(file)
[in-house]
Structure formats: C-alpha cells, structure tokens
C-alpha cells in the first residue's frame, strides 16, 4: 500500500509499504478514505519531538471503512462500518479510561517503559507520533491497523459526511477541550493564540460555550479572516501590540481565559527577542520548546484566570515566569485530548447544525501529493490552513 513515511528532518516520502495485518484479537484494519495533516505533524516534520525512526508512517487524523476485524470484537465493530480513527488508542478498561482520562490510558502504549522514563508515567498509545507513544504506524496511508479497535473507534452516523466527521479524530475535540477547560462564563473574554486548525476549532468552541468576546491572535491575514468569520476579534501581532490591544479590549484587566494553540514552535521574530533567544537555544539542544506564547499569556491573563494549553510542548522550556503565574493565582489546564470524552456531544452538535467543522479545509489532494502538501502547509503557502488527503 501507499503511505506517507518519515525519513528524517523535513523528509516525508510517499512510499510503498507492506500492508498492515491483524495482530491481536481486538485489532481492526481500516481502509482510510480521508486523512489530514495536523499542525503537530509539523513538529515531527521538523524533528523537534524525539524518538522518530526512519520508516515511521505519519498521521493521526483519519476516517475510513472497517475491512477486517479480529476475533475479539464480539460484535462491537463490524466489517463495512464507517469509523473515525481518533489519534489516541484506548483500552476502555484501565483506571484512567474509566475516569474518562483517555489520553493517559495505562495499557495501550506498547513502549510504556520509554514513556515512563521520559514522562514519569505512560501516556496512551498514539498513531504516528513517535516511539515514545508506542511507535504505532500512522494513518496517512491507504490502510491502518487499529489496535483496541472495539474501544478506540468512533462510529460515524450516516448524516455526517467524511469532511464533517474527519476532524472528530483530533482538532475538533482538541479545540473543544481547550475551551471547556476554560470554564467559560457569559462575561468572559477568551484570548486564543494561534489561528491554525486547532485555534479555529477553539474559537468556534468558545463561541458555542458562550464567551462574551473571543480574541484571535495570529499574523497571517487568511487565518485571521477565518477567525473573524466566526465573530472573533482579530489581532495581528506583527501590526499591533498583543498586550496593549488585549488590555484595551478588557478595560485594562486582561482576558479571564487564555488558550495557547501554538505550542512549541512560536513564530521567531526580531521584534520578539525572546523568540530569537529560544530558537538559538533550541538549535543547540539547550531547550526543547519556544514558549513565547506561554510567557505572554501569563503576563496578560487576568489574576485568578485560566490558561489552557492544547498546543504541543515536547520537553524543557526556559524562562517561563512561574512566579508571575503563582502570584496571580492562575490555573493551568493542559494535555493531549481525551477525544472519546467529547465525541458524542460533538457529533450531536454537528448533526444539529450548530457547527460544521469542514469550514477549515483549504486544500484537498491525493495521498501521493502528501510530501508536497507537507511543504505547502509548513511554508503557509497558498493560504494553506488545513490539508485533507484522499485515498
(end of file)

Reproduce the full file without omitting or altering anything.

[in-house]
Structure formats: C-alpha cells, structure tokens
C-alpha cells in the first residue's frame, strides 16, 4: 500500500509499504478514505519531538471503512462500518479510561517503559507520533491497523459526511477541550493564540460555550479572516501590540481565559527577542520548546484566570515566569485530548447544525501529493490552513 513515511528532518516520502495485518484479537484494519495533516505533524516534520525512526508512517487524523476485524470484537465493530480513527488508542478498561482520562490510558502504549522514563508515567498509545507513544504506524496511508479497535473507534452516523466527521479524530475535540477547560462564563473574554486548525476549532468552541468576546491572535491575514468569520476579534501581532490591544479590549484587566494553540514552535521574530533567544537555544539542544506564547499569556491573563494549553510542548522550556503565574493565582489546564470524552456531544452538535467543522479545509489532494502538501502547509503557502488527503 501507499503511505506517507518519515525519513528524517523535513523528509516525508510517499512510499510503498507492506500492508498492515491483524495482530491481536481486538485489532481492526481500516481502509482510510480521508486523512489530514495536523499542525503537530509539523513538529515531527521538523524533528523537534524525539524518538522518530526512519520508516515511521505519519498521521493521526483519519476516517475510513472497517475491512477486517479480529476475533475479539464480539460484535462491537463490524466489517463495512464507517469509523473515525481518533489519534489516541484506548483500552476502555484501565483506571484512567474509566475516569474518562483517555489520553493517559495505562495499557495501550506498547513502549510504556520509554514513556515512563521520559514522562514519569505512560501516556496512551498514539498513531504516528513517535516511539515514545508506542511507535504505532500512522494513518496517512491507504490502510491502518487499529489496535483496541472495539474501544478506540468512533462510529460515524450516516448524516455526517467524511469532511464533517474527519476532524472528530483530533482538532475538533482538541479545540473543544481547550475551551471547556476554560470554564467559560457569559462575561468572559477568551484570548486564543494561534489561528491554525486547532485555534479555529477553539474559537468556534468558545463561541458555542458562550464567551462574551473571543480574541484571535495570529499574523497571517487568511487565518485571521477565518477567525473573524466566526465573530472573533482579530489581532495581528506583527501590526499591533498583543498586550496593549488585549488590555484595551478588557478595560485594562486582561482576558479571564487564555488558550495557547501554538505550542512549541512560536513564530521567531526580531521584534520578539525572546523568540530569537529560544530558537538559538533550541538549535543547540539547550531547550526543547519556544514558549513565547506561554510567557505572554501569563503576563496578560487576568489574576485568578485560566490558561489552557492544547498546543504541543515536547520537553524543557526556559524562562517561563512561574512566579508571575503563582502570584496571580492562575490555573493551568493542559494535555493531549481525551477525544472519546467529547465525541458524542460533538457529533450531536454537528448533526444539529450548530457547527460544521469542514469550514477549515483549504486544500484537498491525493495521498501521493502528501510530501508536497507537507511543504505547502509548513511554508503557509497558498493560504494553506488545513490539508485533507484522499485515498